• Abdullah Panchbhaya, MD, Ross University School of Medicine, Canada
  • Macy Phillips Tabb, DO, Edward Via College of Osteopathic Medicine, Georgia
  • Victoria M. Timmermans, MD, University of Medicine and Health Sciences, Canada
  • Celeste M. Vickery, DO, Lake Erie College of Osteopathic Medicine, Florida

In the months leading up to Match Day, medical students participating in the National Resident Matching Program apply to residency programs and interview at hospitals across the nation. After those interviews, residency programs rank the students - and students rank the programs. Both rank lists are plugged into a national database which crunches the numbers to determine which of the students match with NGMC. Those results are released on Match Day.

"I'm beyond thrilled to welcome this group of rock stars to Gainesville," says Family Medicine Residency Program Director Monica Newton, DO, MPH. "As a life-long learner myself, we've worked hard to create a program that attracted residents who possess a growth mindset and a passion for excellence. These residents will help fulfill our vision for Family Medicine physicians to care for your entire family, covering the full scope of inpatient, outpatient, pediatrics and family-centered maternity care."

Resident physicians are licensed doctors training in a specialty. They train for three to 10 years after medical school, providing patient care and performing procedures under appropriate supervision. They can write orders and prescribe medication. Residents also have educational, testing and evaluation requirements. Their training is overseen by Accreditation Council for Graduate Medical Education.

"Studies by the Georgia Physician Workforce Commission have determined the specialties that are in greatest need, with Family Medicine at the top of the list. Adding 12 Family Medicine resident physicians to our system is a great way to bring immediate support and expand care to our community," says John E. Delzell, Jr., MD, MSPH, Vice President of Medical Education for Northeast Georgia Health System and Designated Institutional Official for NGMC. "Our residents will work with our faculty, hospital and clinic staff in numerous ways. We look forward to welcoming all our new resident physicians to the local community and introducing them to patients."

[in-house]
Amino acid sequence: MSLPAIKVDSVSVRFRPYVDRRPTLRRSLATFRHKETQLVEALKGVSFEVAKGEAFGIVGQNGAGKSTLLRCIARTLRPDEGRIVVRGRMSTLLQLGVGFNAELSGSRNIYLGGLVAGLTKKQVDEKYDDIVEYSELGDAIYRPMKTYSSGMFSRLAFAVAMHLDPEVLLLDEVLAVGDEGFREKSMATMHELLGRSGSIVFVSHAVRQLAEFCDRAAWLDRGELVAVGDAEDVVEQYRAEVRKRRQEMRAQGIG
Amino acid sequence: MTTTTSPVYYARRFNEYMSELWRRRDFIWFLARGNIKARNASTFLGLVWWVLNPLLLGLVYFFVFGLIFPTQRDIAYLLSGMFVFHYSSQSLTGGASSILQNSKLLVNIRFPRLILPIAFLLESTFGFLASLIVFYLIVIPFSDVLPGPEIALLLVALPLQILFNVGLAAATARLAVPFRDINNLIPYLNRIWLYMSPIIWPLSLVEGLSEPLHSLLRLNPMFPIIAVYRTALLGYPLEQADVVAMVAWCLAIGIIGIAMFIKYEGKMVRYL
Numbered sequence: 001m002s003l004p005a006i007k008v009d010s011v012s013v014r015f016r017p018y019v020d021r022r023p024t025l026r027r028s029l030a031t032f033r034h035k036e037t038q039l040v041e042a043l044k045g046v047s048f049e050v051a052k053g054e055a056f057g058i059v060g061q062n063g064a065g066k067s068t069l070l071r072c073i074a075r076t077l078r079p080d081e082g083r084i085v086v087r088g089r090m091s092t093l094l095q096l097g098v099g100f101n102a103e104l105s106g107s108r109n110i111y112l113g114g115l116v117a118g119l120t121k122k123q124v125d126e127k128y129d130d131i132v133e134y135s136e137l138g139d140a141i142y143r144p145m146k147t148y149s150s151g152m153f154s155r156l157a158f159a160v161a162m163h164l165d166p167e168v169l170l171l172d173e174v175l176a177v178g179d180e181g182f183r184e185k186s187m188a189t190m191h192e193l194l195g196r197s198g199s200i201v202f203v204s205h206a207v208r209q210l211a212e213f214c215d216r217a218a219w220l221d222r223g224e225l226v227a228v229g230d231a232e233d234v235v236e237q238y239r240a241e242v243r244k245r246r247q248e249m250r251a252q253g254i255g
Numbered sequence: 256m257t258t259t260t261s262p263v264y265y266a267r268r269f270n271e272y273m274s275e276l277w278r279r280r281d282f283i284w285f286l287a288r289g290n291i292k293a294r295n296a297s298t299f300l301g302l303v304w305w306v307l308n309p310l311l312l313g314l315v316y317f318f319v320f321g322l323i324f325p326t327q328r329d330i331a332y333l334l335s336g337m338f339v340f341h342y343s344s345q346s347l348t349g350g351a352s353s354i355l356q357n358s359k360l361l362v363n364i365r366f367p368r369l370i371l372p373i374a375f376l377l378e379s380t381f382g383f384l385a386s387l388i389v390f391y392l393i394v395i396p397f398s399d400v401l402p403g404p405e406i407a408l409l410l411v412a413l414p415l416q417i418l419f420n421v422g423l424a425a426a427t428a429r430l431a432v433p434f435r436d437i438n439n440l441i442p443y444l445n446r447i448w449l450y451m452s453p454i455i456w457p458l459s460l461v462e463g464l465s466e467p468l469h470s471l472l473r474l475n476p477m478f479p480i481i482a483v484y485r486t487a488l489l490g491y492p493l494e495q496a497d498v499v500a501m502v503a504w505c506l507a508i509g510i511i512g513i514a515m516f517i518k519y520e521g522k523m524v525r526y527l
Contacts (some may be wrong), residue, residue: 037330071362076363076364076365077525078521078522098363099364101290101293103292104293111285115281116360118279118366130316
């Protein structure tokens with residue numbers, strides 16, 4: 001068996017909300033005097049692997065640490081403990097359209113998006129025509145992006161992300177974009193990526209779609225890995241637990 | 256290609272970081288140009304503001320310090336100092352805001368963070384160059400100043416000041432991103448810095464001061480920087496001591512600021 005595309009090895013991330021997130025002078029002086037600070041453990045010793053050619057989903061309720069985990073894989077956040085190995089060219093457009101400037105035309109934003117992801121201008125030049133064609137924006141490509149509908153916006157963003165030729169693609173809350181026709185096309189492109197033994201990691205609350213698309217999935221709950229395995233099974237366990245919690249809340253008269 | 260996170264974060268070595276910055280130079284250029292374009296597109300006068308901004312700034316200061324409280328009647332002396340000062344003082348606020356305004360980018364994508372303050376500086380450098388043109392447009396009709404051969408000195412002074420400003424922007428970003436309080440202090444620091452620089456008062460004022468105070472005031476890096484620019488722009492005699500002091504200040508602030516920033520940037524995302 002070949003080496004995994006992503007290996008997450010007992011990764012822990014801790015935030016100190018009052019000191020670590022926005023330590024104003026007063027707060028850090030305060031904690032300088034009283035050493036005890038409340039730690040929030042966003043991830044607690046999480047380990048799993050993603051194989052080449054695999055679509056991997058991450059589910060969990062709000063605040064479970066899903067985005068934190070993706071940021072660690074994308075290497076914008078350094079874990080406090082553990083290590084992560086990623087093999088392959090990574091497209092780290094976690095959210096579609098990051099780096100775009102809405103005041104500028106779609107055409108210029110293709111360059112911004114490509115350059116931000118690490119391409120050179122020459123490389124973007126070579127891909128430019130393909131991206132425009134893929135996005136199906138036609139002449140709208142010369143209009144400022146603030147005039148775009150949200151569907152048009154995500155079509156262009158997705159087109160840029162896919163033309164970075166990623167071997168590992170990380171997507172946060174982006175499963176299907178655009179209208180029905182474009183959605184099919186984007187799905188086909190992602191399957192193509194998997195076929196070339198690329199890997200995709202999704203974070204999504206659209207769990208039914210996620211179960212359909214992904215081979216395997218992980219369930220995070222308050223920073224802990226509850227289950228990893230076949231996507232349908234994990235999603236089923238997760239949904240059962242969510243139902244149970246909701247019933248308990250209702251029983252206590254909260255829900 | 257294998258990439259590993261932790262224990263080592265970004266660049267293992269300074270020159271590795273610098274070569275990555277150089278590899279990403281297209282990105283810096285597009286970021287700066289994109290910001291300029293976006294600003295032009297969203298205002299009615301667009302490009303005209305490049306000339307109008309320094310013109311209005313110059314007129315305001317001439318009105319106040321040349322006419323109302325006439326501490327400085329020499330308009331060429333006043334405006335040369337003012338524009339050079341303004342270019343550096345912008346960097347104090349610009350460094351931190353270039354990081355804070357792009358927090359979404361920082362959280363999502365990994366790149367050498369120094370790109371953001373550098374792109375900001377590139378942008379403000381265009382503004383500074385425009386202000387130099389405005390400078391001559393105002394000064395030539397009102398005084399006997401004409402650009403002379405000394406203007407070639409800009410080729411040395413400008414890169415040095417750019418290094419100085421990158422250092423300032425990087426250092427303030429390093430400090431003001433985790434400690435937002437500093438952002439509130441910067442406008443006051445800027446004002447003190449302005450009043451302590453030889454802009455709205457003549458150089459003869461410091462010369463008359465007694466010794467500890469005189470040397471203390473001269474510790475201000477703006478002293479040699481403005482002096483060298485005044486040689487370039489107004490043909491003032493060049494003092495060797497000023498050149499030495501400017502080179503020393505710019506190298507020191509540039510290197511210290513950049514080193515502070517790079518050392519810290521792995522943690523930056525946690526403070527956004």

NGMC is working to expand to more than 200 residents across six specialties - internal medicine, family medicine, general surgery, OB/GYN, psychiatry, and emergency medicine - by 2023. That will make NGMC one of the largest graduate medical education programs in the state. The idea is to train the physician leaders of tomorrow right here in Hall County, so that they will stay to practice in this region and the state.

Research conducted by the University of Georgia's Carl Vinson Institute of Government found NGMC's residency programs will also have a tremendous impact on Hall County's economy - with a projected economic output of $66 million from 2019 to 2023, with an additional $18 million local economic impact for each year after. Similarly, the program will generate more than 90 incremental community jobs in 2019, rising to as many as 300 jobs by 2023.

Learn more about NGMC's residency programs at

Copyright ©2020 Northeast Georgia Health System, Inc. | 743 Spring Street Gainesville, GA 30501 | (770) 219-9000

COVID-19 questions?
Questions about COVID-19?
Our chatbot can answer simple COVID-19 questions.

Hi there! I can help quickly answer common questions about COVID-19. Please pick one of the options below.

Sent by: Northeast Georgia Health System
  • I don’t feel well. What should I do?
  • How can I help?
  • How can I prevent COVID-19?